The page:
Home Sweet Home

I take a stroll around to the marina, bitten by the brisk wind. I have taken my camera to get some external shots of the boat, but the wind buffets me and my footage is wobbly. Soon my hands are bitten by the cold and I give in, flipping the DSLR back to the camera setting. Some of the boats in the harbour are very charming. I am particularly taken by Three Sheets to the Wind, a trimaran painted in British racing green. She is in need of a little love, her decks stained green with the grown of algae; the paint on her matching tender beginning to peel. I take a snap of her name and her triplet bows to remember her by and amble back toward the Prince Madog.

After a truly mammoth brunch of sausage, egg, bacon, black pudding, mushrooms, beans and chips, we had our safety tour. I had remembered just enough from my sea survival not to look a complete moron (even though my memory of fire extinguisher labels was lacking a little). With nothing to do until dinner that evening, we again fell to our laptops and work to cure our boredom. If we continued in this way for much longer I would at least have something new to submit on my return to York.
The alarm went off at 6 30 and I forced myself to get up. Tomorrow I would be on deck working from six, and I intended to ease myself in to it. I slunk upstairs to get myself the first coffee of the day and watch the weather forecast. The forecast was promising, a mix of local lows and swirling air currents making for calm conditions. It even looked sunny. Spirits were high all round and I enjoyed a fantastic fry-up curtesy of Colin, the chef on board.

Ten past eight rolled around and we left on the high tide, steaming our way south west past the numerous bumper boats. There was little in the way of bird life around as we began our journey. The only highlight being a great northern diver as we passed Dale, then we were truly out into the Celtic sea. I decided to join James for a couple of hours on cetacean watch, the others coming and going as they got used to their sea sickness. The marine mammals were not forthcoming, but the birdlife was good. At one point James called what he initially thought was a blackbird overhead, but as it turned we saw a flash of cream on its breast; it was a male ring ouzel, migrating back to the UK after a winter on the continent!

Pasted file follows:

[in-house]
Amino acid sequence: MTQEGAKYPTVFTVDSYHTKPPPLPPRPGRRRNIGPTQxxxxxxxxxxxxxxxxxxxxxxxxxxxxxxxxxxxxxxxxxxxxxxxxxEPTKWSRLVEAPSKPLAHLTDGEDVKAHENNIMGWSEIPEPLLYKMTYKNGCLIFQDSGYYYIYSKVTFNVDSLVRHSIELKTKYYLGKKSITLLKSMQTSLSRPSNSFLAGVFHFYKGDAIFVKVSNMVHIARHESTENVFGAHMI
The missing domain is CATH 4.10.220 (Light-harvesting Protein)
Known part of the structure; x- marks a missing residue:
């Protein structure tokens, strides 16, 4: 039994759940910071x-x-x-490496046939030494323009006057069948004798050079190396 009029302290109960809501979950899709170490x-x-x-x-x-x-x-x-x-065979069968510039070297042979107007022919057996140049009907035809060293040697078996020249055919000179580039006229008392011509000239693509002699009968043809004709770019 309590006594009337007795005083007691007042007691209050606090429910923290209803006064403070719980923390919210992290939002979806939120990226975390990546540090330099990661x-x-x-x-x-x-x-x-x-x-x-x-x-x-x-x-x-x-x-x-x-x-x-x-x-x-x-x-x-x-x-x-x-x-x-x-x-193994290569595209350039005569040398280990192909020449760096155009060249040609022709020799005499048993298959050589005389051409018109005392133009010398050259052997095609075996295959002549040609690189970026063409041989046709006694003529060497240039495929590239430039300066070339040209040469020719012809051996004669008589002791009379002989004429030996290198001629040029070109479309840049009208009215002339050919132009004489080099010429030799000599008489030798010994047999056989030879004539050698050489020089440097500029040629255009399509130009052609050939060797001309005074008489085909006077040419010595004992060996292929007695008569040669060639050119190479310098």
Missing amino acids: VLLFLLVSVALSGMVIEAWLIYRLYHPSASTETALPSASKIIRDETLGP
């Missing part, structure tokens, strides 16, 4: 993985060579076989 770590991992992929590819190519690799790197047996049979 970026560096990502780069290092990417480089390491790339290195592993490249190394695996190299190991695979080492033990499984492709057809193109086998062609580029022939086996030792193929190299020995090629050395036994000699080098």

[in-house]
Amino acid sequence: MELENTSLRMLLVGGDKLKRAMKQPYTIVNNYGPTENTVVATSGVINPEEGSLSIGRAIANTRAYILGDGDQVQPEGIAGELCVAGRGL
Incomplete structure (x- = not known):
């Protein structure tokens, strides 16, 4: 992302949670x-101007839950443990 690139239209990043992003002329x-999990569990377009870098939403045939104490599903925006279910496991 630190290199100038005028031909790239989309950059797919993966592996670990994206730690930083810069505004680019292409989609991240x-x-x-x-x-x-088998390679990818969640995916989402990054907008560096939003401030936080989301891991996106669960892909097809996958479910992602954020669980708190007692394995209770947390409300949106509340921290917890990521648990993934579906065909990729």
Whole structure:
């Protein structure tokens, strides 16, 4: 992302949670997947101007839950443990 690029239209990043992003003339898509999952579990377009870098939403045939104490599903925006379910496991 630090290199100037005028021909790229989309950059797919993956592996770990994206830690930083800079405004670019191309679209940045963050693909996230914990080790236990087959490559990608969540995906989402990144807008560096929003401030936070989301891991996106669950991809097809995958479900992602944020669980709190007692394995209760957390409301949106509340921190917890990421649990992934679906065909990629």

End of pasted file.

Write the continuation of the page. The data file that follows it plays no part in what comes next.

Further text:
After a quick lunch for those that could eat (lamb broth), we got started. Water samples, grabs, dredges, and trawls. Catch sorting and weighing. Separating plaice and spider crabs for gut content analysis – dissecting said plaice and spider crabs and preserving them in formalin. We finished at nine thirty in the evening.

Federico and James jigged and fished from the back of the boat, Federico landing three dogfish. And suddenly, dolphins; chasing fish in the light off the stern. I dashed inside for my camera and managed a few quick shots of the figures ghosting in and out of the pool of light surrounding the boat. And beyond them, the eerie figures of loafing fulmars on the waters surface.

12/04/2016 What Lies Beneath
After a night’s steaming to the new sight, six am rolled around far too quickly. Still, I forced myself to get up and went in search of a cuppa. During the night the birds had surrounded us, and formed a ring of gannets, greater black backs, fulmars and kittiewakes. They loafed on the water’s surface as we took our first samples, eyeing the boat for any sign of a free meal. This morning I was filtering water samples, but I could tell things were wrong outside… there were no pots full of processed animals appearing. In fact, their first sample was being boxed up as Sarah and I had finished three niskin bottles worth of water. We were on decidedly cobbly ground and the large stones were fouling the grab.